Open Source Seed Initiative Is Launched

Taking a cue from the software industry, scientists, farmers and sustainable food advocates at the University of Wisconsin-Madison have released what they’re calling the Open Source Seed Initiative (OSSI) with a goal “to keep [its] new seeds free for all people to grow, breed and share for perpetuity, with the goal of protecting the plants from patents and other restrictions down the line.”

In other words, breeders and farmers can do what they like with the seeds, but they can’t turn the results into a proprietary product.

According to this Voice of America story, the group released 29 new varieties of broccoli, celery, kale, quinoa and other vegetables and grains just last week to kickoff the initiative.

“We’re letting people know diversity is threatened,” said Jack Kloppenburg, a University of Wisconsin-Madison professor of community and environmental sociology.

He added that through the widespread use of seed patents, the world is facing a “freezing of a genetic landscape” for seeds. Until relatively recently, plant breeders regularly shared their plants and seeds openly and through this sharing, developed better breeds.

Andy LaVigne, the president of the American Seed Trade Association, which promotes the “research, development and movement of quality seed to meet the world's demand for food, feed, fiber and fuel,” didn’t agree with Kloppenburg’s assessment.

“I don’t think there’s any lockdown on any seed or diversity,” said LaVigne. “I think there’s a lot of competition but many seed traits, such as pesticide resistance and resistance to common diseases, are dominated by the companies.”

Monsanto, along with other seed giants Sygenta and Dupont own a whopping 53 percent of the worldwide seed market, according a Center for Food Safety report.

“Genetically, we’re putting all of our eggs in one basket,” said Kloppenburg, adding that the giant seed companies mostly work with a “narrow range of crops and techniques, narrow varieties and narrow traits,” such as pesticide resistance. Kloppenburg said that huge seed companies like Monsanto and DuPont are starting to use the same methods they used for big crop plants like corn and soybeans on vegetables, fruit and small grain seeds.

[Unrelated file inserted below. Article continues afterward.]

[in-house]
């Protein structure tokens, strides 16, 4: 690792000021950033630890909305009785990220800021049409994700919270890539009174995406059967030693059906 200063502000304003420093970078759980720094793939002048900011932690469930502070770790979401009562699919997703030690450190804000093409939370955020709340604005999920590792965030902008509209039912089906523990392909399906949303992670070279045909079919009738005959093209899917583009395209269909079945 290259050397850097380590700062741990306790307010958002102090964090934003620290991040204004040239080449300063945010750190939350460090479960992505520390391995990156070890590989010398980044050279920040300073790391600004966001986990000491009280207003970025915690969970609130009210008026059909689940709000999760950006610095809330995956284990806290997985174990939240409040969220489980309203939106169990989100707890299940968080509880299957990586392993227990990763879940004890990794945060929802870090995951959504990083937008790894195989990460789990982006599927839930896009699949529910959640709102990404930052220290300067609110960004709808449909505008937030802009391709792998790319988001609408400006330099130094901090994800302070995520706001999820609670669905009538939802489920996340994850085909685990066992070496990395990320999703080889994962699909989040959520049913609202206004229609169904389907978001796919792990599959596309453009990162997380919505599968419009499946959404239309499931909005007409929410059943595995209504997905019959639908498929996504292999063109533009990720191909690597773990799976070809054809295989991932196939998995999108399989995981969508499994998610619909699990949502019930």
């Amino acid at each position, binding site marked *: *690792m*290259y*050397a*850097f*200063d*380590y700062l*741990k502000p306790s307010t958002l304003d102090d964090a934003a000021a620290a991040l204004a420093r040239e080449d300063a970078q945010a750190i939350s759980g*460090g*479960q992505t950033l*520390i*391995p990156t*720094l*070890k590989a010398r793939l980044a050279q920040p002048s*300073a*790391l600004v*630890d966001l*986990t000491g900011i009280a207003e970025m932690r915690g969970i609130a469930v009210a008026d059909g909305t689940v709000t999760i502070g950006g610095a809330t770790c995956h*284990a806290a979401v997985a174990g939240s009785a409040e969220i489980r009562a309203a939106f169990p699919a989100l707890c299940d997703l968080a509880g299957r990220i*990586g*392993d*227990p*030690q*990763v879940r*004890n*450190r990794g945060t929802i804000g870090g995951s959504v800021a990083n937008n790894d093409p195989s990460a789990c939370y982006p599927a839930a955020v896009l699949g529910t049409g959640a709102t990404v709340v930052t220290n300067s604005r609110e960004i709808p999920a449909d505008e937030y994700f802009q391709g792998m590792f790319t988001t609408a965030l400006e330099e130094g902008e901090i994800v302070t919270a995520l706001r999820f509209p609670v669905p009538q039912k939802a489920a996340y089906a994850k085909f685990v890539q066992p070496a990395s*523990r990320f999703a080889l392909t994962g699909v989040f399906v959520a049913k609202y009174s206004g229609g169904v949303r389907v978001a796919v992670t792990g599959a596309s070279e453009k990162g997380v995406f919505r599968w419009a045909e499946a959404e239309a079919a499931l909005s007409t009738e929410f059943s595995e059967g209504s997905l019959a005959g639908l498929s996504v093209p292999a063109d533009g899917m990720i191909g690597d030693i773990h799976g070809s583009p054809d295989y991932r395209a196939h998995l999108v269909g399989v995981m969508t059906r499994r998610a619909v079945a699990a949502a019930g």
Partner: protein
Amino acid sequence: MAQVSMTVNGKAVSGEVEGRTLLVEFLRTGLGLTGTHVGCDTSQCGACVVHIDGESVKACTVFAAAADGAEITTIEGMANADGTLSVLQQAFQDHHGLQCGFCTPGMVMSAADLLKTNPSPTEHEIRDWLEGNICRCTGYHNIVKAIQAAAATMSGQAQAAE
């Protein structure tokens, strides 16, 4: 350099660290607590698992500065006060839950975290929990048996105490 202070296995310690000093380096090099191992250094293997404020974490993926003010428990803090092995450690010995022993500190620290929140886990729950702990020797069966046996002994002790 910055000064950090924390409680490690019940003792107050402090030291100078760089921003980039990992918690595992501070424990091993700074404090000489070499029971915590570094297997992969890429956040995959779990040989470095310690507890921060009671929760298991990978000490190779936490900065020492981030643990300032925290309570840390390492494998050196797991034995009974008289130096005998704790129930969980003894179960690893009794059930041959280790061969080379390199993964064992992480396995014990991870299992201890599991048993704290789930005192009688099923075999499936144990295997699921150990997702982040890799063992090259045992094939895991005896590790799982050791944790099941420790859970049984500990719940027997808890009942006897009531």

“These vegetables are part of our common cultural heritage, and our goal is to make sure these seeds remain in the public domain for people to use in the future,” said Irwin Goldman, a University of Wisconsin-Madison horticulture professor and plant breeder in a statement.

While the OSSI remains a tiny initiative compared to a company like Monsanto, the members hope they will at least raise awarenes.

"Who knows what will happen, but even if the pledge does nothing more than help raise awareness about what's going on with seeds, that's progress," said Goldman. OSSI members first tried to develop a licensing system for the open source seeds but opted instead for a simplified approach, the Open Source Seed Pledge, which will printed on every packet of seeds.?

For its part, Monsanto, the world’s largest seller of seeds, said it wished the OSSI luck.

“We believe that everyone growing vegetables – from home gardeners to farmers large and small, organic, conventional or using genetically modified seeds – have a choice when it comes to their seed purchase, said Monsanto spokesperson Carly Scaduto in an emailed statement. “We believe this University of Wisconsin project enables even more choices in the vegetable seed marketplace. We wish the University of Wisconsin project all the best in this new endeavor.”

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